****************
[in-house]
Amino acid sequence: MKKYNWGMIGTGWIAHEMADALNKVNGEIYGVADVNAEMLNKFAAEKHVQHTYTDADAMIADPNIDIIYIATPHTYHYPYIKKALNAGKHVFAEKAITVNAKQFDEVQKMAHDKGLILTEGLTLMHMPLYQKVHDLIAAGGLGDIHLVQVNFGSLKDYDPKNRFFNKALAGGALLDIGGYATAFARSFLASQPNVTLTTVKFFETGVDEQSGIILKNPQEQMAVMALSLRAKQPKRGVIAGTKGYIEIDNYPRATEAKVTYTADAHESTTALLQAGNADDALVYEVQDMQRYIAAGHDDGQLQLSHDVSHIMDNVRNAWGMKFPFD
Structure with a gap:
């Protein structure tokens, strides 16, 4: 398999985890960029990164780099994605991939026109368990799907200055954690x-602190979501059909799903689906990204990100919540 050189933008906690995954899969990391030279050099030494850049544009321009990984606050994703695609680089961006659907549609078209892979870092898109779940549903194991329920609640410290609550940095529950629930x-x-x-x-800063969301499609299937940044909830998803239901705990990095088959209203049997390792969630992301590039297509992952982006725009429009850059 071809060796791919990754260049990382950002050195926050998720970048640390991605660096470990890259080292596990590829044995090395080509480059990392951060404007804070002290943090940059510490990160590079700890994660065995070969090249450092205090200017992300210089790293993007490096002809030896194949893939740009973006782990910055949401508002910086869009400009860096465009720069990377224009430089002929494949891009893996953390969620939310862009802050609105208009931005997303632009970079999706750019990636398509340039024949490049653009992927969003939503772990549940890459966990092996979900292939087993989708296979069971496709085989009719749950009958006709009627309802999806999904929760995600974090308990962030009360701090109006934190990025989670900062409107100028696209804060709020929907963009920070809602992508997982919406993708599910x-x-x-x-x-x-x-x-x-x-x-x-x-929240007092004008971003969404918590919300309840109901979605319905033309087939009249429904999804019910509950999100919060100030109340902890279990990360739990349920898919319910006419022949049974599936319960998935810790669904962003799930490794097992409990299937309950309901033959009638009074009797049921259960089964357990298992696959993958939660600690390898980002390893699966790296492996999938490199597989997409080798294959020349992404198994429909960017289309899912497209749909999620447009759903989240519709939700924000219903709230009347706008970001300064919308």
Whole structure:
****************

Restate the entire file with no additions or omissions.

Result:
[in-house]
Amino acid sequence: MKKYNWGMIGTGWIAHEMADALNKVNGEIYGVADVNAEMLNKFAAEKHVQHTYTDADAMIADPNIDIIYIATPHTYHYPYIKKALNAGKHVFAEKAITVNAKQFDEVQKMAHDKGLILTEGLTLMHMPLYQKVHDLIAAGGLGDIHLVQVNFGSLKDYDPKNRFFNKALAGGALLDIGGYATAFARSFLASQPNVTLTTVKFFETGVDEQSGIILKNPQEQMAVMALSLRAKQPKRGVIAGTKGYIEIDNYPRATEAKVTYTADAHESTTALLQAGNADDALVYEVQDMQRYIAAGHDDGQLQLSHDVSHIMDNVRNAWGMKFPFD
Structure with a gap:
């Protein structure tokens, strides 16, 4: 398999985890960029990164780099994605991939026109368990799907200055954690x-602190979501059909799903689906990204990100919540 050189933008906690995954899969990391030279050099030494850049544009321009990984606050994703695609680089961006659907549609078209892979870092898109779940549903194991329920609640410290609550940095529950629930x-x-x-x-800063969301499609299937940044909830998803239901705990990095088959209203049997390792969630992301590039297509992952982006725009429009850059 071809060796791919990754260049990382950002050195926050998720970048640390991605660096470990890259080292596990590829044995090395080509480059990392951060404007804070002290943090940059510490990160590079700890994660065995070969090249450092205090200017992300210089790293993007490096002809030896194949893939740009973006782990910055949401508002910086869009400009860096465009720069990377224009430089002929494949891009893996953390969620939310862009802050609105208009931005997303632009970079999706750019990636398509340039024949490049653009992927969003939503772990549940890459966990092996979900292939087993989708296979069971496709085989009719749950009958006709009627309802999806999904929760995600974090308990962030009360701090109006934190990025989670900062409107100028696209804060709020929907963009920070809602992508997982919406993708599910x-x-x-x-x-x-x-x-x-x-x-x-x-929240007092004008971003969404918590919300309840109901979605319905033309087939009249429904999804019910509950999100919060100030109340902890279990990360739990349920898919319910006419022949049974599936319960998935810790669904962003799930490794097992409990299937309950309901033959009638009074009797049921259960089964357990298992696959993958939660600690390898980002390893699966790296492996999938490199597989997409080798294959020349992404198994429909960017289309899912497209749909999620447009759903989240519709939700924000219903709230009347706008970001300064919308």
Whole structure: